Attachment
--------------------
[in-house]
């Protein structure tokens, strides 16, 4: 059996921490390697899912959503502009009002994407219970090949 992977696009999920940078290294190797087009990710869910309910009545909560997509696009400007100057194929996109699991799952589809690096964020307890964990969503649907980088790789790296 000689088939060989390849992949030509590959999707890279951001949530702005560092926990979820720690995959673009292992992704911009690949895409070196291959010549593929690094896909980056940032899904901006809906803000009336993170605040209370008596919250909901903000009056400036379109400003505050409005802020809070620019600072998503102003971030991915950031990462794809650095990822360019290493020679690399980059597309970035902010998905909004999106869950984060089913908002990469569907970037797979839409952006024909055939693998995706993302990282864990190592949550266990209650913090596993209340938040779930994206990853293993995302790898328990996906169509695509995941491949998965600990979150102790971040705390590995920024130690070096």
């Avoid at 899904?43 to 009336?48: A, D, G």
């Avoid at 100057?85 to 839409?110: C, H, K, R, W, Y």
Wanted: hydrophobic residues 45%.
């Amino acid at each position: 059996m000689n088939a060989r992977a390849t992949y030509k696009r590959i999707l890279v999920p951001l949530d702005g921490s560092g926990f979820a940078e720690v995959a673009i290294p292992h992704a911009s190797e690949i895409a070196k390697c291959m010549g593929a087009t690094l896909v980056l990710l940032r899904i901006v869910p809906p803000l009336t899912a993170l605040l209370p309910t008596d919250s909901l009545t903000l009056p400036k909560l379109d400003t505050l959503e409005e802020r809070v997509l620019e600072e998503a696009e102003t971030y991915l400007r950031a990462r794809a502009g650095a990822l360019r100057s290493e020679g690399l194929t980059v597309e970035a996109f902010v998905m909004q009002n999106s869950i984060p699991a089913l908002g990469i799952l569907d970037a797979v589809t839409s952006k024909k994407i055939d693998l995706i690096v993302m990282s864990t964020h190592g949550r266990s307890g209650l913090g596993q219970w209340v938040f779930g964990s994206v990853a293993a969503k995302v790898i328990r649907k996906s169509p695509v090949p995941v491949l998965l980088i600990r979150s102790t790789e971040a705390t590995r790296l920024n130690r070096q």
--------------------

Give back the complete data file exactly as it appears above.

[in-house]
């Protein structure tokens, strides 16, 4: 059996921490390697899912959503502009009002994407219970090949 992977696009999920940078290294190797087009990710869910309910009545909560997509696009400007100057194929996109699991799952589809690096964020307890964990969503649907980088790789790296 000689088939060989390849992949030509590959999707890279951001949530702005560092926990979820720690995959673009292992992704911009690949895409070196291959010549593929690094896909980056940032899904901006809906803000009336993170605040209370008596919250909901903000009056400036379109400003505050409005802020809070620019600072998503102003971030991915950031990462794809650095990822360019290493020679690399980059597309970035902010998905909004999106869950984060089913908002990469569907970037797979839409952006024909055939693998995706993302990282864990190592949550266990209650913090596993209340938040779930994206990853293993995302790898328990996906169509695509995941491949998965600990979150102790971040705390590995920024130690070096």
């Avoid at 899904?43 to 009336?48: A, D, G």
């Avoid at 100057?85 to 839409?110: C, H, K, R, W, Y």
Wanted: hydrophobic residues 45%.
């Amino acid at each position: 059996m000689n088939a060989r992977a390849t992949y030509k696009r590959i999707l890279v999920p951001l949530d702005g921490s560092g926990f979820a940078e720690v995959a673009i290294p292992h992704a911009s190797e690949i895409a070196k390697c291959m010549g593929a087009t690094l896909v980056l990710l940032r899904i901006v869910p809906p803000l009336t899912a993170l605040l209370p309910t008596d919250s909901l009545t903000l009056p400036k909560l379109d400003t505050l959503e409005e802020r809070v997509l620019e600072e998503a696009e102003t971030y991915l400007r950031a990462r794809a502009g650095a990822l360019r100057s290493e020679g690399l194929t980059v597309e970035a996109f902010v998905m909004q009002n999106s869950i984060p699991a089913l908002g990469i799952l569907d970037a797979v589809t839409s952006k024909k994407i055939d693998l995706i690096v993302m990282s864990t964020h190592g949550r266990s307890g209650l913090g596993q219970w209340v938040f779930g964990s994206v990853a293993a969503k995302v790898i328990r649907k996906s169509p695509v090949p995941v491949l998965l980088i600990r979150s102790t790789e971040a705390t590995r790296l920024n130690r070096q």